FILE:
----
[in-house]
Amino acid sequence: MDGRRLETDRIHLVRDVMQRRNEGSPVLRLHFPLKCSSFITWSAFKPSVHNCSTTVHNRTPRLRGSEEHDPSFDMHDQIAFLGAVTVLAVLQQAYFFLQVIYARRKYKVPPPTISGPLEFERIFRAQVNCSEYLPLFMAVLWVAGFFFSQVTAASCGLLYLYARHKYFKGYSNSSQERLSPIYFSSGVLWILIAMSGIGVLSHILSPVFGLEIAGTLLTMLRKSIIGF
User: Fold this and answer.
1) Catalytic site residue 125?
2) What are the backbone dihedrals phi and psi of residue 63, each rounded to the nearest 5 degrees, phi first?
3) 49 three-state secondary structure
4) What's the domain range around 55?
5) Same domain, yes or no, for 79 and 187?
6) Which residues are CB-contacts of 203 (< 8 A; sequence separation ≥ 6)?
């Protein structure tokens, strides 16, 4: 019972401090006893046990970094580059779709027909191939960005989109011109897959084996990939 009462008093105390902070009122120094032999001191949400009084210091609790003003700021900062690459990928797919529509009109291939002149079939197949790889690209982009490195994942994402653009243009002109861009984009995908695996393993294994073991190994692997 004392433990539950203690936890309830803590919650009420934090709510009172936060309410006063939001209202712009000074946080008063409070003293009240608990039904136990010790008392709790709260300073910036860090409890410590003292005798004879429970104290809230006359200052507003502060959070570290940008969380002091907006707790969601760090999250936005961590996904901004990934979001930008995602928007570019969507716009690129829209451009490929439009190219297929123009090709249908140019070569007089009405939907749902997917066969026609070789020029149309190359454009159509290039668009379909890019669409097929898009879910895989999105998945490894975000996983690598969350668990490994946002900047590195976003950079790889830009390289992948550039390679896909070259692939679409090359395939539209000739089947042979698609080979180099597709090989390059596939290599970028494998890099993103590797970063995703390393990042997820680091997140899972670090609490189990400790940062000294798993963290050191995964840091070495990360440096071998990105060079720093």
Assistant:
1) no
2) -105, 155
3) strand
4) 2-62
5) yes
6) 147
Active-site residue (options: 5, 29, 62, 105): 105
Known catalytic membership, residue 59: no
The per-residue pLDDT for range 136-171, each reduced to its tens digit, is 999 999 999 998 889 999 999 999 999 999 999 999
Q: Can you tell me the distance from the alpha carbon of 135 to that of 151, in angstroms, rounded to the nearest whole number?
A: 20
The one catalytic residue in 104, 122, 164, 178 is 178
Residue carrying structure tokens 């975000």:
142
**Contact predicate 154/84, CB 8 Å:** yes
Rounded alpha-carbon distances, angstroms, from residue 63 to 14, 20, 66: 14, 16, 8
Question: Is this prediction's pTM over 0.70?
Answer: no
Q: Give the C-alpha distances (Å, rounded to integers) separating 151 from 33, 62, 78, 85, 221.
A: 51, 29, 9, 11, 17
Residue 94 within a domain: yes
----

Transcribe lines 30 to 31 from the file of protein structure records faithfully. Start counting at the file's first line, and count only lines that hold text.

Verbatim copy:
Q: Give the C-alpha distances (Å, rounded to integers) separating 151 from 33, 62, 78, 85, 221.
A: 51, 29, 9, 11, 17